Taking maximum advantage of tax breaks and other strategies will make savings last longer, which is critical for those living on a fixed income.
By David A. L’Ecuyer Many people get confused or simply don’t appreciate the difference between banks and credit unions. Both banks and credit unions offer...
“Express Scripts, a pharmacy benefits manager, has a near-majority market share and will benefit from an aging population, more generic drugs and society’s need to lower health-care spending,” said Paul Larson, Morningstar equities strategist.
Hiring financial help is hard. Anyone looking for assistance managing their money will quickly encounter an alphabet soup of professional designations.
But as many boomers have lost their jobs and faced long-term unemployment in the Great Recession, career change has been difficult.
The days of being able to count on averaging 10 percent annual returns from the stock market are over. So, it is important for retirees to know just how much they can take out of their portfolios every year without drawing them down too fast.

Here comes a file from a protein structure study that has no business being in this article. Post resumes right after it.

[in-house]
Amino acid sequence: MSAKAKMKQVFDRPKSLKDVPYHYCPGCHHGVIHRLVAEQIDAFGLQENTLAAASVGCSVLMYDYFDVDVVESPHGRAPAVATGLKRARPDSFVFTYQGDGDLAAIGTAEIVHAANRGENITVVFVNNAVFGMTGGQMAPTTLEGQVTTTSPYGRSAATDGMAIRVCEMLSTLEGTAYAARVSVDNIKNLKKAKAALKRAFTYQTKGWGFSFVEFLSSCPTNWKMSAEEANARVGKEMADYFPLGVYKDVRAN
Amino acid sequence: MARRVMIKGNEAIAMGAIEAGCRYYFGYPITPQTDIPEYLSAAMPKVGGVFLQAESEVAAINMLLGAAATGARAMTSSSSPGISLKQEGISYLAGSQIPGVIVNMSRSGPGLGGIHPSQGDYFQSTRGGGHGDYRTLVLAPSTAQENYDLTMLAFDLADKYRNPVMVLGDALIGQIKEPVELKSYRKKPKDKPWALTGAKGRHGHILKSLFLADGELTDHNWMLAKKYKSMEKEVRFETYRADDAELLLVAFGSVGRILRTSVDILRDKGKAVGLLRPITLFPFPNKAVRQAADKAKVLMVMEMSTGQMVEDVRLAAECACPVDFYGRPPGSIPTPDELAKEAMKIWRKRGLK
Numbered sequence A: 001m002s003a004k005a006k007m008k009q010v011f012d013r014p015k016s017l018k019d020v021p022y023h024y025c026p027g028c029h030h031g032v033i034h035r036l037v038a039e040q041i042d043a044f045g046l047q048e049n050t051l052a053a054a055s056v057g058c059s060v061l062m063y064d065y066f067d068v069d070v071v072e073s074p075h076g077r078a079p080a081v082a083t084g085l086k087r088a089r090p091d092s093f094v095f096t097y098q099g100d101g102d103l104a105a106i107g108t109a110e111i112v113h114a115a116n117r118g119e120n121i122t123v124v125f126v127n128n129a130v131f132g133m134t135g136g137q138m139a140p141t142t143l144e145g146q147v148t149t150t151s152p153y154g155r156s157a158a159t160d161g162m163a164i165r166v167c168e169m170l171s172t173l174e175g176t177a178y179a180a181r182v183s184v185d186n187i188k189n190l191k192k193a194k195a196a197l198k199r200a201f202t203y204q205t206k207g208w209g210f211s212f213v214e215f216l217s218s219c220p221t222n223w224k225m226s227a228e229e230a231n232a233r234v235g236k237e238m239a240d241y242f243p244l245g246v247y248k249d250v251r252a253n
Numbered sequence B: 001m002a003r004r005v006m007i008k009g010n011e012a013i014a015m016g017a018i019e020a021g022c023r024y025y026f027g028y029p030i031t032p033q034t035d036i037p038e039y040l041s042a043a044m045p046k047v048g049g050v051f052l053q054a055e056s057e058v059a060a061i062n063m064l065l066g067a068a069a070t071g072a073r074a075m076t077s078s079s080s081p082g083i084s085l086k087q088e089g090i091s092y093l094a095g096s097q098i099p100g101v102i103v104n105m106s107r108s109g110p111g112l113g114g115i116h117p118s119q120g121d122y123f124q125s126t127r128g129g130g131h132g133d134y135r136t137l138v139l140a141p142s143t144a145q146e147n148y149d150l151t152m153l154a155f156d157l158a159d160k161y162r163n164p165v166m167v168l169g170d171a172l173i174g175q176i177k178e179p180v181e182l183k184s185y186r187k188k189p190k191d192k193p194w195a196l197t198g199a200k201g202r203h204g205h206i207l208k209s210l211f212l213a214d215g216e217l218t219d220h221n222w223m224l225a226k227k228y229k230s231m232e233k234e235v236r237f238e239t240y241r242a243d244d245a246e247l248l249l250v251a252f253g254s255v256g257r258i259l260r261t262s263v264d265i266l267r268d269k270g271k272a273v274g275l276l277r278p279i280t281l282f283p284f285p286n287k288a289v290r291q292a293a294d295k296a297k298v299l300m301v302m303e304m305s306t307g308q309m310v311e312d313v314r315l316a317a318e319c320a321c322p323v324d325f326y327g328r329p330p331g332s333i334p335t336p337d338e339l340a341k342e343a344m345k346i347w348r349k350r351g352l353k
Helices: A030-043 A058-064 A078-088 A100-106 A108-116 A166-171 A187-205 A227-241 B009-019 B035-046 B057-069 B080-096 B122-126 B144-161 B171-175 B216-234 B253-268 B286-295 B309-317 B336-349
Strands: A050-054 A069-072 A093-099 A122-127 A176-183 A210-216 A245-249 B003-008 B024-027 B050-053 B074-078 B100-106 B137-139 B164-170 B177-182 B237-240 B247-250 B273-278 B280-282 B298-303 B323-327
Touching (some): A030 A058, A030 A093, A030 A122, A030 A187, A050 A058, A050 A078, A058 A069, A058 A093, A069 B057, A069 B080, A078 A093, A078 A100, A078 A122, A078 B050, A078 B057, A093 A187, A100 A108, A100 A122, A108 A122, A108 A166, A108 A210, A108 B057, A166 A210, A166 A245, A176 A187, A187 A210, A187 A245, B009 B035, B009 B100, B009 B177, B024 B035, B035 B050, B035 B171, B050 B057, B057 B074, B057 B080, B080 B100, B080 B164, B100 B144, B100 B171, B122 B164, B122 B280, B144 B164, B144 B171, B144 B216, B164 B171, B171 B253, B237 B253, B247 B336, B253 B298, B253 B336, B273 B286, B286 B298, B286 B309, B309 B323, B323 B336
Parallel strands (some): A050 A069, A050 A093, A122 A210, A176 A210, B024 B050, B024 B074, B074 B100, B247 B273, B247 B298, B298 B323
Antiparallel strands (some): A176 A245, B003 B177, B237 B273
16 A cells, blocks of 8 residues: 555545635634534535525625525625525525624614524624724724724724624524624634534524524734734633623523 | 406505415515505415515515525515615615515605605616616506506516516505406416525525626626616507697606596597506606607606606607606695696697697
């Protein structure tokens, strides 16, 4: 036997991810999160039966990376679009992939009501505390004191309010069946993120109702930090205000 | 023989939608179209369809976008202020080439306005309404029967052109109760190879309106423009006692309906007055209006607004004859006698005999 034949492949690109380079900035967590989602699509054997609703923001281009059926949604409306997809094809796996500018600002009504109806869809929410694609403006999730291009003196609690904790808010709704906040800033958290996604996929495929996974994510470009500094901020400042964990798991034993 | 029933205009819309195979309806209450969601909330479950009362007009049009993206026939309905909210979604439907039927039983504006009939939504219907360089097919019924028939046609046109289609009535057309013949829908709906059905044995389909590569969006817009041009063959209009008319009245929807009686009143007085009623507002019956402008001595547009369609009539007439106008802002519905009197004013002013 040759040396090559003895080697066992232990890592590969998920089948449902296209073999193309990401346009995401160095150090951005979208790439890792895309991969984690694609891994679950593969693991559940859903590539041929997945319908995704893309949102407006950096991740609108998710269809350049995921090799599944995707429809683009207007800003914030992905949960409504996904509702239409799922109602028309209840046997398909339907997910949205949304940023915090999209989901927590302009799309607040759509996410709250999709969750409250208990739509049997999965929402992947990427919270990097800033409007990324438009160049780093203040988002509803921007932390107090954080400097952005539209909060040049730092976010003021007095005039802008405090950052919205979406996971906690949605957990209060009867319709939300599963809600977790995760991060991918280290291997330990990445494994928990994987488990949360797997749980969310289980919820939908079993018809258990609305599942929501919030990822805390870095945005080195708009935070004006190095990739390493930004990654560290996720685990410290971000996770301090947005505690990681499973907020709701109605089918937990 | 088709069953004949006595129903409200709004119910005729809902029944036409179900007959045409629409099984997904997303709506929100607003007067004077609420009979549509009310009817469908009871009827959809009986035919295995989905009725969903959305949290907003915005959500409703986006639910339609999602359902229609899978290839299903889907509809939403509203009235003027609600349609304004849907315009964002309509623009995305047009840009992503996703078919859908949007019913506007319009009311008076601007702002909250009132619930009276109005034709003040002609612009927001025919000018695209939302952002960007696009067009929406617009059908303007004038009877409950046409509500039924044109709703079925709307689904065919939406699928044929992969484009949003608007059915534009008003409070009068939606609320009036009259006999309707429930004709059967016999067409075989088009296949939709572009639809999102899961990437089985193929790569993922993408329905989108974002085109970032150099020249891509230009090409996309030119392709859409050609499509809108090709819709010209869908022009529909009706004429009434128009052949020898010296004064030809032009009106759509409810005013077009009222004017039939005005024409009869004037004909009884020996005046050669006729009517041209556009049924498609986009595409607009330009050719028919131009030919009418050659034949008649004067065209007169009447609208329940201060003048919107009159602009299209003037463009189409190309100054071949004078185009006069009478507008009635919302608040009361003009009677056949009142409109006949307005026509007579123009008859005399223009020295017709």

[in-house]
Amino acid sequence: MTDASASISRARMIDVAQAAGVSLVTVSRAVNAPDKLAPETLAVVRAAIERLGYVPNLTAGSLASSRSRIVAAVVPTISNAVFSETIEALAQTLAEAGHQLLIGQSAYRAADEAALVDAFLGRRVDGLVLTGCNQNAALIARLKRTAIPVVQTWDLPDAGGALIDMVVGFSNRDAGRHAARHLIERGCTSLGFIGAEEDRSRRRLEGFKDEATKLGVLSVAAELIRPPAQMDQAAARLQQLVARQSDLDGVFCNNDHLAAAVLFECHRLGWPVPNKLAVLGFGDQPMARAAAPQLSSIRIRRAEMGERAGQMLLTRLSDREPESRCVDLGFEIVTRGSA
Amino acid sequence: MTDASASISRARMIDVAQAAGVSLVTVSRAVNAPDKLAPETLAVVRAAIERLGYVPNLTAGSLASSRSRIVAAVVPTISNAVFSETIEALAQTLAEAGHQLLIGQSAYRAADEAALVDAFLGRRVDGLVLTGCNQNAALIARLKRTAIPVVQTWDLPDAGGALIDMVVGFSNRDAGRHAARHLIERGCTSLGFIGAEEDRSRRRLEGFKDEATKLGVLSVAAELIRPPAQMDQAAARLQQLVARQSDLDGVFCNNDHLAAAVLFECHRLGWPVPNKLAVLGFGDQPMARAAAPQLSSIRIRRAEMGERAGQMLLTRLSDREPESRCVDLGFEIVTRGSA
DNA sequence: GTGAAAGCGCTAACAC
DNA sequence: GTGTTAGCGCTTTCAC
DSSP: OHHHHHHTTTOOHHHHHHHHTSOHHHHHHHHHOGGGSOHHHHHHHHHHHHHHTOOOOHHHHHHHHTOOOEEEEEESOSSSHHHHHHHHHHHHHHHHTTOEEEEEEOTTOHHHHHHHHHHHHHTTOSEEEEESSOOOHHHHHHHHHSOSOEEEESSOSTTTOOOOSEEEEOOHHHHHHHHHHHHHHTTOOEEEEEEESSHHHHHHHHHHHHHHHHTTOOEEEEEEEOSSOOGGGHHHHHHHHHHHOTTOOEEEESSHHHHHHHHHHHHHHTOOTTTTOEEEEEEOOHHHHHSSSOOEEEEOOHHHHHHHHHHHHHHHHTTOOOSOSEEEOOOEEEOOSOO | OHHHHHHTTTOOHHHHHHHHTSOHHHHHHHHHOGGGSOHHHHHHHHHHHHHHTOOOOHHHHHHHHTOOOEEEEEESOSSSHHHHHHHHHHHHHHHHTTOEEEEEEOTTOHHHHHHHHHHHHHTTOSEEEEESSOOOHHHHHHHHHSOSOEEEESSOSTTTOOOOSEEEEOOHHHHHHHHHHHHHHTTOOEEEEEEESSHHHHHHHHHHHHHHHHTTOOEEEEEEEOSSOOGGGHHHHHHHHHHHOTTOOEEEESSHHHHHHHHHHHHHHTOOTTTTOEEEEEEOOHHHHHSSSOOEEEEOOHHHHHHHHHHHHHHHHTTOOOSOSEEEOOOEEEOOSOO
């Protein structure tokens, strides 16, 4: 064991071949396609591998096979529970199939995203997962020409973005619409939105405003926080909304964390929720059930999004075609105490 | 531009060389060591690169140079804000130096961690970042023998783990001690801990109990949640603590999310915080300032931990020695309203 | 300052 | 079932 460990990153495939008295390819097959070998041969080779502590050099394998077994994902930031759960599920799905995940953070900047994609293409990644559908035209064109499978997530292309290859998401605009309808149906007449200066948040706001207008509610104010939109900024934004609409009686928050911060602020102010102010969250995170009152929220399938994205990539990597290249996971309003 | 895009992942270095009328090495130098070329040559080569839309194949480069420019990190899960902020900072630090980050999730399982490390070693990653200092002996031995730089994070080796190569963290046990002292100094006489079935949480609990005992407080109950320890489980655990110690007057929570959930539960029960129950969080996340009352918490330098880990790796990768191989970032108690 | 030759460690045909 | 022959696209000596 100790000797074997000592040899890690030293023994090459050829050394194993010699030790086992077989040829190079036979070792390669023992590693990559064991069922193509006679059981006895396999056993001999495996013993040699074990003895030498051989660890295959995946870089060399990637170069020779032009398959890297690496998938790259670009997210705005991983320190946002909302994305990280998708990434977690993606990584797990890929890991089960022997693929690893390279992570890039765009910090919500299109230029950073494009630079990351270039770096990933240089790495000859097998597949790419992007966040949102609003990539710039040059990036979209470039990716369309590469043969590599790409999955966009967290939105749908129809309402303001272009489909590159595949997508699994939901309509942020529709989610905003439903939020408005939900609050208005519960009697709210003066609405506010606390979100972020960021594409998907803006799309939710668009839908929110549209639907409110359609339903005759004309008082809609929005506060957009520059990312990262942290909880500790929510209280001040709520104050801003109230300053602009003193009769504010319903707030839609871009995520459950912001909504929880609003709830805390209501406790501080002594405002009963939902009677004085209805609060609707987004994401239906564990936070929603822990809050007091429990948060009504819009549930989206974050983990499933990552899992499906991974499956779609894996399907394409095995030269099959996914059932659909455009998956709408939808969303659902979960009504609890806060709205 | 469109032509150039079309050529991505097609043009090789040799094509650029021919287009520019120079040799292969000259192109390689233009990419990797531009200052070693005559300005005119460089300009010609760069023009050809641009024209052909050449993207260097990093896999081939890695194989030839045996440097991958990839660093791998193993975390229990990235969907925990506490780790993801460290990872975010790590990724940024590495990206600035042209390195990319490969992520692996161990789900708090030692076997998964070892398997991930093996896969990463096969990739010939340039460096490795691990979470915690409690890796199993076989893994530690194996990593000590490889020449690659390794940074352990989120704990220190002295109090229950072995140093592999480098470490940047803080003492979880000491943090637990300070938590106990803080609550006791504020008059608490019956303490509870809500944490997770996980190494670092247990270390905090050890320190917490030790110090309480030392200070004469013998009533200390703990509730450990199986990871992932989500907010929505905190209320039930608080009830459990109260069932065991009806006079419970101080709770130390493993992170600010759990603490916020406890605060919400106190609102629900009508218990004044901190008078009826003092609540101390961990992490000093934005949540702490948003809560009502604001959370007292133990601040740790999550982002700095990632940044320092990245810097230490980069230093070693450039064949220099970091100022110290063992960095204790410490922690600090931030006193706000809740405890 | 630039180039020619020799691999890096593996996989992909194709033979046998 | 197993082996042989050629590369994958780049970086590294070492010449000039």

The biggest pain is likely to be felt by baby boomers, who are mostly still in the workforce but facing increasing prospects that their employers may freeze their pensions.
It’s a case of broken promises. A growing number of companies are reneging on health insurance and other retirement benefits, leaving retirees scrambling and sometimes uninsured.
Retirees may be past the days of resolving to work out more or buy fewer $4 coffees. Yet when it comes to money in particular, resolutions may be even more important for those living on fixed income.
Odds are growing that you’ll live past 85. But will your money last that long? And what if you make it to 95 or 100?